To be able to provide for the safety of children, we must first understand just what safety is.

We are beginning to appreciate what constitutes danger for children at home. Physical assault, emotional or verbal assault, forced or inappropriate sexual activity, and deprivation by neglect are some ways children are hurt.

We may believe safety is, then, simply the total absence of these types of events. That would, of course, describe one sort of safety, just as eliminating all virus and bacteria from the world would create a sort of health for people. It is not, however, a useful model for creating safety or health, because we cannot even begin to do it.

Does this mean that children cannot be safe from the dangers of abuse and neglect?

No. Just as people can be healthy and vital in a world full of virus and bacteria, children can be safe in this world full of people, many of whom might be inclined to cause harm at times.

What makes a person healthy is the immune system: a routine set of responses inside the body that contend with virus, bacteria and injury in a successful way. What makes a child safe is also a routine set of responses, an immune system of sorts, that we may call the Circle of Safety.

There are four discrete steps in the Circle of Safety, four steps or four stops where the safety of a child is made or is broken. The first is circumstances.

The circumstances that are relevant regarding abuse and neglect are: how are the other people in the childís home, who are those people, and what routines do they do, together with the child.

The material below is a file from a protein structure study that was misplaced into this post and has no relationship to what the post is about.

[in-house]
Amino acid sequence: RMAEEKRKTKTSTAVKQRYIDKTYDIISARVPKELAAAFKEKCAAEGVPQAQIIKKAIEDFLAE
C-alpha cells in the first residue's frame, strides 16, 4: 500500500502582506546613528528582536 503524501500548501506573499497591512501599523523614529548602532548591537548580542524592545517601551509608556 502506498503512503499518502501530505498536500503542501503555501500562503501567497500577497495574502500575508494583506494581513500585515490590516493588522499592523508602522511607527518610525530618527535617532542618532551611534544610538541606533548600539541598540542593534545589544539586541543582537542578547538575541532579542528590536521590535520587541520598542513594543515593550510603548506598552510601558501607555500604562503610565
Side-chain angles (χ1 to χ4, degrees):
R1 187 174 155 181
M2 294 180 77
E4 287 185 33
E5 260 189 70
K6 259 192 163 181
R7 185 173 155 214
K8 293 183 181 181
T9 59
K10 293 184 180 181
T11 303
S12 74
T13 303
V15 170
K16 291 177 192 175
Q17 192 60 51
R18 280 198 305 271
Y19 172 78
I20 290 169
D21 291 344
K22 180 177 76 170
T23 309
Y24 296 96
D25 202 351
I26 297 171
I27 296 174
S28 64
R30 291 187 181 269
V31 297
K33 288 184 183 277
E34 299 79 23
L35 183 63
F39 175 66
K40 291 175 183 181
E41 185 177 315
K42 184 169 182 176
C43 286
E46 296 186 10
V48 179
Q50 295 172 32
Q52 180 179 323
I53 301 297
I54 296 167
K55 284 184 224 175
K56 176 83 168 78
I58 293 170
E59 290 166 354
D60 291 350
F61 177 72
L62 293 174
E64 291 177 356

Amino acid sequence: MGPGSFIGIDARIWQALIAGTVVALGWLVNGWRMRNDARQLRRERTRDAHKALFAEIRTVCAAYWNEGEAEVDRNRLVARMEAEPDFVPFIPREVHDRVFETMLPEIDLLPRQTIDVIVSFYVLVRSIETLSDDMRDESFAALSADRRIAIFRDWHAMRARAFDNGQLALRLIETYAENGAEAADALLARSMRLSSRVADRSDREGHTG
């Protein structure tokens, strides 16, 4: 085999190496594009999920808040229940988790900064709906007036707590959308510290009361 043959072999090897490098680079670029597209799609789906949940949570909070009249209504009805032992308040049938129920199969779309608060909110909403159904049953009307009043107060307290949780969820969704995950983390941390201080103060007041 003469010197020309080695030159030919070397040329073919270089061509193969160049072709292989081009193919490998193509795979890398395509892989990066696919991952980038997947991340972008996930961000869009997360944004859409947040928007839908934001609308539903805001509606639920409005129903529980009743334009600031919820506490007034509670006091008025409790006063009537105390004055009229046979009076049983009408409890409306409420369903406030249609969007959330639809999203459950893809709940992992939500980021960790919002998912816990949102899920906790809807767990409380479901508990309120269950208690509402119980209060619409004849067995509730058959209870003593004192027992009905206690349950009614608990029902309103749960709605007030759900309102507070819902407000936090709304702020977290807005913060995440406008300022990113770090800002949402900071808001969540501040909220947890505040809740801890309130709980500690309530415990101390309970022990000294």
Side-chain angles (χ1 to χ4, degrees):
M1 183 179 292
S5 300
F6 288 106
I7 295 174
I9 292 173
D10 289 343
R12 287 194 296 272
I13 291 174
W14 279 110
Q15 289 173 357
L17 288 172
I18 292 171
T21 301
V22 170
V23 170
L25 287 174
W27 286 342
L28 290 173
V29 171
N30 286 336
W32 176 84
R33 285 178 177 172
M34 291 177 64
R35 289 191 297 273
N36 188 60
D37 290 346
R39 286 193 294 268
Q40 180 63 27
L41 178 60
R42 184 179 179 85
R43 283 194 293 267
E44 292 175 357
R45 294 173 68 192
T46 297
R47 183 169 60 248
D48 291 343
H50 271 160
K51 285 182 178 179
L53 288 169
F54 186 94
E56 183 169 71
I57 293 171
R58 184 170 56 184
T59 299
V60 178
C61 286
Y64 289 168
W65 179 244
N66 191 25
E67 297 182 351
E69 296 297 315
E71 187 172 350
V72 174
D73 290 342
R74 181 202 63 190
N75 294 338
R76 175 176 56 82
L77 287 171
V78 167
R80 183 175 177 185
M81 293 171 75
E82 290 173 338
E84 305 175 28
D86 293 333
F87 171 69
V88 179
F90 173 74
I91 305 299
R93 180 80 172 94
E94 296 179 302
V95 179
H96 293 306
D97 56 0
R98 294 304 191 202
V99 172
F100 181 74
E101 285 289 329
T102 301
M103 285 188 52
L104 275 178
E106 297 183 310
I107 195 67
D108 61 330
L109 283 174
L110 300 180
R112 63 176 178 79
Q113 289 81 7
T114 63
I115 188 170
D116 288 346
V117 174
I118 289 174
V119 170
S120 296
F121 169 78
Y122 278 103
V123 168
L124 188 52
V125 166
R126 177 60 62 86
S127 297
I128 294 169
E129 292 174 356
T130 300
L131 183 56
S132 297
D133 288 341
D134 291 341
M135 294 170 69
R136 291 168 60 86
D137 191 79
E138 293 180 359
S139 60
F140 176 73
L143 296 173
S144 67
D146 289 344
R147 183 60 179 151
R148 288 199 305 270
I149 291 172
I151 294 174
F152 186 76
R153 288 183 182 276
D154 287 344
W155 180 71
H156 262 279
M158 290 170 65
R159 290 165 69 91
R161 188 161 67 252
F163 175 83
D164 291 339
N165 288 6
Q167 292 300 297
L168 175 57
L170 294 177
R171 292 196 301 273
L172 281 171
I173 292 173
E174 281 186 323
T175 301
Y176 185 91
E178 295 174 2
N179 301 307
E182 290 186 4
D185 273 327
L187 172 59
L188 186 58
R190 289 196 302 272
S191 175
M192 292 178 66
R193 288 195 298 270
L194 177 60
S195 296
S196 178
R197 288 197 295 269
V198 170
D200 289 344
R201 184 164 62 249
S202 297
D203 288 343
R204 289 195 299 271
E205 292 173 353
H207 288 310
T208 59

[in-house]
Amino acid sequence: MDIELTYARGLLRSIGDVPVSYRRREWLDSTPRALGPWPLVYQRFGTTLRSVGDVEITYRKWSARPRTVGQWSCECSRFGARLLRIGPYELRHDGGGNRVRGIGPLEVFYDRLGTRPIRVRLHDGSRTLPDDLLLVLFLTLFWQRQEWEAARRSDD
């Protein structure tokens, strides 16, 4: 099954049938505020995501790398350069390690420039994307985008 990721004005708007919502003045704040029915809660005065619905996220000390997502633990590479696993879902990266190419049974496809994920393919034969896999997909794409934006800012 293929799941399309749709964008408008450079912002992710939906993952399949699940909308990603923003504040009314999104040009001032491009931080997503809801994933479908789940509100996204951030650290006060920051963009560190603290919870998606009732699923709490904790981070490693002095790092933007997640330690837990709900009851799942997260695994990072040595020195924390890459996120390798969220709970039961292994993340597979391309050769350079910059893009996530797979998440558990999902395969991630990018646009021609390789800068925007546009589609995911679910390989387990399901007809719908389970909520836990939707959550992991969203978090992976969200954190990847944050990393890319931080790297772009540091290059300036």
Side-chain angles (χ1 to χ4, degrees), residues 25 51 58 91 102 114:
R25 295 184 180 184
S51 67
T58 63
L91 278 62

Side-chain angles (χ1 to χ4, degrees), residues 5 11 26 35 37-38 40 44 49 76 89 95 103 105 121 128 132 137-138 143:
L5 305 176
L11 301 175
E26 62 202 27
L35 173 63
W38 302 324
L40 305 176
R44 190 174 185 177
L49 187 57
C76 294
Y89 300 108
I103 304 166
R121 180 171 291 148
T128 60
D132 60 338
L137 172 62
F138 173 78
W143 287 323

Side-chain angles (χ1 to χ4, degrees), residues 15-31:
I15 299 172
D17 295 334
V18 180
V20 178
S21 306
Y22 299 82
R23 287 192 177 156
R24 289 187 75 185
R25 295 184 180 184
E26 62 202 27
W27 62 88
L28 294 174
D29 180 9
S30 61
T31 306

A person who succumbs to an impulse to attack a child physically, verbally, or sexually, or who fails to function to provide for that child is a person under stress. Asking how a person is, boils down to this: how much stress are they suffering from?

One way of describing character in a person is by describing how he or she breaks down under stress. This is the most fragile, or weakest part of a person, and in many cases this part is never seen by anyone but the child, in private moments.

There are no certain ways to guess what private weaknesses a person may have, based on public behavior.  Character is a complex and many faceted thing, and regardless of the many strengths a person may display in public, it is the weakest aspect that is the who that is likely to present a dangerous episode to a child.

A person will probably break down in much the same way as their parents did, so the same type of dangerous episode is presented, generation after generation, very much like a communicable disease.

What routines a child has in common with which people matters for two reasons. First, different routines afford different amounts of privacy for the adult with the child, and it is generally in private that the weakest part of a stressed adult emerges and presents a hazardous episode to child.

Secondly, what routines also matters because for each person, some domestic tasks are particularly more stressful than others. A parent might be fine most of the time, except during their least favorite chores. They might have a special difficulty giving homework help. Or maybe bedtime routines are the most difficult part of the parentís day.